[Python-ideas] NAN handling in the statistics module

Steven D'Aprano steve at pearwood.info
Tue Jan 8 05:56:20 EST 2019

```On Tue, Jan 08, 2019 at 04:25:17PM +0900, Stephen J. Turnbull wrote:
> Steven D'Aprano writes:
>
>  > By definition, data containing Not A Number values isn't numeric :-)
>
> Unfortunately, that's just a joke, because in fact numeric functions
> produce NaNs.

I'm not sure if you're agreeing with me or disagreeing, so I'll assume
you're agreeing and move on :-)

> I agree that this can easily be resolved by documenting that it is the
> caller's responsibility to remove NaNs from numeric data, but I prefer
>
>  > The only reason why I don't call it a bug is that median() makes no
>  > promises about NANs at all, any more than it makes promises about the
>  > median of a list of sets or any other values which don't define a total
>  > order.
>
> Pedantically, I would prefer that the promise that ordinal data
> (vs. specifically numerical) has a median be made explicit, as there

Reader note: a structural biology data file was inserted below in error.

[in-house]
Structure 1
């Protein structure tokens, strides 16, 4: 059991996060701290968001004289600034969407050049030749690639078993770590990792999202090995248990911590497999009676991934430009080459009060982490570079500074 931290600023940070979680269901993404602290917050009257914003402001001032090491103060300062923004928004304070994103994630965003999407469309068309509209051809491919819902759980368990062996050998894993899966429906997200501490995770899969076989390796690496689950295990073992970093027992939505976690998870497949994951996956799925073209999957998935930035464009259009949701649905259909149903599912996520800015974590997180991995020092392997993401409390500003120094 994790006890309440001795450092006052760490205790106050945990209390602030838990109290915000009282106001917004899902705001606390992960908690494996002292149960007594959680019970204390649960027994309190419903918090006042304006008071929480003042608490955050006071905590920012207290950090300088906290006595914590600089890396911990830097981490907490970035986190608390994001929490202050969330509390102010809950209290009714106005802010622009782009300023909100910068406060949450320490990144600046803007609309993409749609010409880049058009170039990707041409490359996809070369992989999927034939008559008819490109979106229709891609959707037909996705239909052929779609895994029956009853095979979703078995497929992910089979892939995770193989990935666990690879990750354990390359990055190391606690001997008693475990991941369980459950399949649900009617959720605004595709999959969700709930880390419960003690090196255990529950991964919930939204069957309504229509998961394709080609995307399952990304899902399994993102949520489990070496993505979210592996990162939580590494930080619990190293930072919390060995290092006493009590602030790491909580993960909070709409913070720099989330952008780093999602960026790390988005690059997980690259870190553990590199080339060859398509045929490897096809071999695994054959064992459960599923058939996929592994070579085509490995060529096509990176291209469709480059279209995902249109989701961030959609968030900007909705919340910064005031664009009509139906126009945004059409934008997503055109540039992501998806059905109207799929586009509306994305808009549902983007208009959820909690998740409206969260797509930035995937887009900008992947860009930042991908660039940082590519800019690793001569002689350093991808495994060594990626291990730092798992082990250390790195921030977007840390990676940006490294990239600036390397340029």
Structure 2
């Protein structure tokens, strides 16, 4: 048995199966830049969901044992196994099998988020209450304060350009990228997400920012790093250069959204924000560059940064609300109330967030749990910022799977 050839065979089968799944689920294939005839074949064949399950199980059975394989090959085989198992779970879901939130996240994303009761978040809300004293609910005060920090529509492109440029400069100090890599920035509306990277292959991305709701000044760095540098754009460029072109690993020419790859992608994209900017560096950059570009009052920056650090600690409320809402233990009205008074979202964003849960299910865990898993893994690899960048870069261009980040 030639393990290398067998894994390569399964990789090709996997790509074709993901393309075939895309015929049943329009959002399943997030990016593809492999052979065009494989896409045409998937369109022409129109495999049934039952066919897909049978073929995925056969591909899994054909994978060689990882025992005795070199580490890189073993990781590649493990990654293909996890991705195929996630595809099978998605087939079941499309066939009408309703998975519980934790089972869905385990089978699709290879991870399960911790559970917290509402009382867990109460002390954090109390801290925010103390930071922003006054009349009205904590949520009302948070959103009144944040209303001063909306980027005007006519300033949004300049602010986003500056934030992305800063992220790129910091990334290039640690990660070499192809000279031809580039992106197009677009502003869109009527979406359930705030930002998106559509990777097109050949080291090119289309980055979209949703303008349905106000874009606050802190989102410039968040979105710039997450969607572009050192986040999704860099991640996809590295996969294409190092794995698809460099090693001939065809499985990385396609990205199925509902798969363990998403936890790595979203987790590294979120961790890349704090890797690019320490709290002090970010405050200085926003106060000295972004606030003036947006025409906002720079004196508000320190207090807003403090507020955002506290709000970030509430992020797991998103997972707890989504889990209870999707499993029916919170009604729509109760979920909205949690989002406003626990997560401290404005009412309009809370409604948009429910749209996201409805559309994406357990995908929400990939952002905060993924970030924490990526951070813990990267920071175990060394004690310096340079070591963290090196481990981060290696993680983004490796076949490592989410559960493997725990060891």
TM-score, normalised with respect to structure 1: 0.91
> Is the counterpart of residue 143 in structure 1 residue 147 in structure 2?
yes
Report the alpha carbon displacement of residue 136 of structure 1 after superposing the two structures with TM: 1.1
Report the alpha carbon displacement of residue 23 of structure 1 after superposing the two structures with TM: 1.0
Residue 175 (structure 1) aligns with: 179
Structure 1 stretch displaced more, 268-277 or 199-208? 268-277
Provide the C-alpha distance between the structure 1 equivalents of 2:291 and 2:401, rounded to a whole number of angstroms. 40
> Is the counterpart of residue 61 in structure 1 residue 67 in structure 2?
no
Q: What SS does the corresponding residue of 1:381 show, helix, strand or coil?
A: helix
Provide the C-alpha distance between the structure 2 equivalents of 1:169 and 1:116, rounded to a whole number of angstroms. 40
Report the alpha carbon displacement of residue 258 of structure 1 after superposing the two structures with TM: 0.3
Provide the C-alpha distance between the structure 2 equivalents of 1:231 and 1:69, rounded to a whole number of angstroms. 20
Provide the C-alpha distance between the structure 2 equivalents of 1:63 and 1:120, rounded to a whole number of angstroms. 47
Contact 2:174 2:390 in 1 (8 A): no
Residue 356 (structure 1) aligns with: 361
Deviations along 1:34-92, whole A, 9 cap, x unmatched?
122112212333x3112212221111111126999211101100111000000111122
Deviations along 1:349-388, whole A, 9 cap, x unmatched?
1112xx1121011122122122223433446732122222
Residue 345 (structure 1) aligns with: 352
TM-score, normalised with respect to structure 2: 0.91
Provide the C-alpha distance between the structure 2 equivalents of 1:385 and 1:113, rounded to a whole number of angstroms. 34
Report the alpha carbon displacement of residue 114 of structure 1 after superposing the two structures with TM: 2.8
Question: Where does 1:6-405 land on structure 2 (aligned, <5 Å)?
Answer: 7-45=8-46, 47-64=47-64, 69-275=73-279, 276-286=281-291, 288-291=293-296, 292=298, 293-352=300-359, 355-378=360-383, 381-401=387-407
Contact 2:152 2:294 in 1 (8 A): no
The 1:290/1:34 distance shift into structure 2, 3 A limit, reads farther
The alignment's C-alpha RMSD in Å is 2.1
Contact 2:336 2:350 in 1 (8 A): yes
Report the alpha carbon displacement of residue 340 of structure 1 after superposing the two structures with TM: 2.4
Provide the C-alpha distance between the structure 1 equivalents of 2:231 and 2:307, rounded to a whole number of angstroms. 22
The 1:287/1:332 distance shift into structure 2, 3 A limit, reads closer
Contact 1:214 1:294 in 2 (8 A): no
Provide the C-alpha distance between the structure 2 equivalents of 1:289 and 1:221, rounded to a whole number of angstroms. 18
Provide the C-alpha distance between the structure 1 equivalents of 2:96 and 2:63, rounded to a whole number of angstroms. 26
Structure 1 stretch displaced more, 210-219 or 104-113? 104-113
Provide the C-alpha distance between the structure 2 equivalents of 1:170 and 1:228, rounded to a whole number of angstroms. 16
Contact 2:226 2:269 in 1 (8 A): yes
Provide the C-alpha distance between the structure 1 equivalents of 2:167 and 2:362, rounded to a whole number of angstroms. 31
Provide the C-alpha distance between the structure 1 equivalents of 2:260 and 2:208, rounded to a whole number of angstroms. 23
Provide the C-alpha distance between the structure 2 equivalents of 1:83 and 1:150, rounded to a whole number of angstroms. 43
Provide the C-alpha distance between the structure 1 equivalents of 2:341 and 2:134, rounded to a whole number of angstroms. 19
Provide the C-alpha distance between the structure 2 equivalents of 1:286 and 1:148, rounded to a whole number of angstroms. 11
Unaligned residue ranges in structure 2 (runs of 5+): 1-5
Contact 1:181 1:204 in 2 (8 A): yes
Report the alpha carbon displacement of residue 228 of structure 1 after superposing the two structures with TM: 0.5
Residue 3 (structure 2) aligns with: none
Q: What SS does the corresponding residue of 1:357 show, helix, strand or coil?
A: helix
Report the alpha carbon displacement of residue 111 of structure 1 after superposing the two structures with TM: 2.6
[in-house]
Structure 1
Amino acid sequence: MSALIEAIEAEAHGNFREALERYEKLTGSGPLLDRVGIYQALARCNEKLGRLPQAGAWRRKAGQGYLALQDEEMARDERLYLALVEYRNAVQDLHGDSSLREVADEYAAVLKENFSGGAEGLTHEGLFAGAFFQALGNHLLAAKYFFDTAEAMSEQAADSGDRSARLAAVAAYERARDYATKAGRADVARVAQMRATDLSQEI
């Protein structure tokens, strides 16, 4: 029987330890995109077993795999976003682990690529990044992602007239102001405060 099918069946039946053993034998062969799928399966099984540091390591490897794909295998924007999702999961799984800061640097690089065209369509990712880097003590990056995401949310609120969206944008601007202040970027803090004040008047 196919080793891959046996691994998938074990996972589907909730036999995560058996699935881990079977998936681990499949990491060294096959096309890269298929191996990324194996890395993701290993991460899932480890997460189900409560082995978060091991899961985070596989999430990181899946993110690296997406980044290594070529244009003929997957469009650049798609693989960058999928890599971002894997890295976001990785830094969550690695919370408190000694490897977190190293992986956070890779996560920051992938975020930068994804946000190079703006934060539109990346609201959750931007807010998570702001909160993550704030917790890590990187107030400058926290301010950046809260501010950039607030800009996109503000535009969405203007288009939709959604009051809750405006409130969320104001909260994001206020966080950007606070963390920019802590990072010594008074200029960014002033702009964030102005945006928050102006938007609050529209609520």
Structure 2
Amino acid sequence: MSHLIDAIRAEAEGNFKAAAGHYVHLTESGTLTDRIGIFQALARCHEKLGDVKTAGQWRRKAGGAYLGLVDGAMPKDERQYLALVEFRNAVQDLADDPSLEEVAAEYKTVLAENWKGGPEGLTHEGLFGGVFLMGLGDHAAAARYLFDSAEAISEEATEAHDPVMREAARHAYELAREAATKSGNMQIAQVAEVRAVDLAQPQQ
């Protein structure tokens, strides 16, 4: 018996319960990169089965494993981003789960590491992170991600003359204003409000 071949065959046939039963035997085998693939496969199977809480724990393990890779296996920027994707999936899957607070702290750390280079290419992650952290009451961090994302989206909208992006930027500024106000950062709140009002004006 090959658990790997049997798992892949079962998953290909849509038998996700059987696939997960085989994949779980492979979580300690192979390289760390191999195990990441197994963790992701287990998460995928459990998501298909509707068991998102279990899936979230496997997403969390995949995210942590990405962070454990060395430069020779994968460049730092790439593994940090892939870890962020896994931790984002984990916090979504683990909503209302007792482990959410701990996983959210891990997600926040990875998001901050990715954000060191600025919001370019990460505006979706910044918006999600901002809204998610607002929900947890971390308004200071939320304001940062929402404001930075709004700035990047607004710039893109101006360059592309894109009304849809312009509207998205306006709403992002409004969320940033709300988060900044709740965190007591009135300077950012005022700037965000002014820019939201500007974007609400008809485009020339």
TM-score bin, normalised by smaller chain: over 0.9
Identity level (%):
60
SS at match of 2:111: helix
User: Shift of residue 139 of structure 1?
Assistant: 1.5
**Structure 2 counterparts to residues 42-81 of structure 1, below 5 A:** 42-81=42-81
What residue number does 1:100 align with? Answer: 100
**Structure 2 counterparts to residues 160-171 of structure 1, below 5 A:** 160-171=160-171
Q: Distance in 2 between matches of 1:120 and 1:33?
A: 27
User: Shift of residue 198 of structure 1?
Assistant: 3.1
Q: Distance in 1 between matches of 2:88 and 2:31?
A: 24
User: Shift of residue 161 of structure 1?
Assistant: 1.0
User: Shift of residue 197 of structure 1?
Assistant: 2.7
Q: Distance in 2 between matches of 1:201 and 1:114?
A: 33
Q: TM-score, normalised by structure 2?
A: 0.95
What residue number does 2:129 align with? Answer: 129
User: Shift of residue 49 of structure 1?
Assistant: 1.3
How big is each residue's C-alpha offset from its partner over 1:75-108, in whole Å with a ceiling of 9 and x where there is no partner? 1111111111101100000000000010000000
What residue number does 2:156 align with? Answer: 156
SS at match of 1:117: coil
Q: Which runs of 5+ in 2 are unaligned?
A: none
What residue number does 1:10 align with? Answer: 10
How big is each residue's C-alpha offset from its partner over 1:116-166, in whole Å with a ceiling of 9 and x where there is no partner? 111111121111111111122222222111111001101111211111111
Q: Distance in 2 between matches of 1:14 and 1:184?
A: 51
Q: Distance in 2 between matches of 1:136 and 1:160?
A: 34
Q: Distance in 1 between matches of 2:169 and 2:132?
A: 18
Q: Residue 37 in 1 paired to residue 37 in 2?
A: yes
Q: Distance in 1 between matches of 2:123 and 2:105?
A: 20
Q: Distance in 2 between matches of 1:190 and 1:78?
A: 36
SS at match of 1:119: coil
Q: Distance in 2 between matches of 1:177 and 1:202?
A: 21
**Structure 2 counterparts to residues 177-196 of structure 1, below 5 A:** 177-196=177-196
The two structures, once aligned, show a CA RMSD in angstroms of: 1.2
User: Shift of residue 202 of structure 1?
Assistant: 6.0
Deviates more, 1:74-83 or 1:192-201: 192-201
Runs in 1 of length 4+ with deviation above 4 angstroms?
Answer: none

> are many cases where statistical data is ordinal.

I think that is reasonable.

Provided the data defines a total order, the median is well-defined when
there are an odd number of data points, or you can use median_low and
median_high regardless of the number of data points.

> This may be a moot
> point, as in most cases ordinal data is represented numerically in
> computation (Likert scales, for example, are rarely coded as "hate,
> "dislike", "indifferent", "like", "love", but instead as 1, 2, 3, 4,
> 5), and from the point of view of UI presentation, IntEnums do the
> right thing here (print as identifiers, sort as integers).
>
> Perhaps a better way to document this would be to suggest that ordinal
> data be represented using IntEnums?  (Again to be pedantic, one might
> want OrderedEnums that can be compared but don't allow other
> arithmetic operations.)

That's a nice solution.

--
Steve (the other one)
```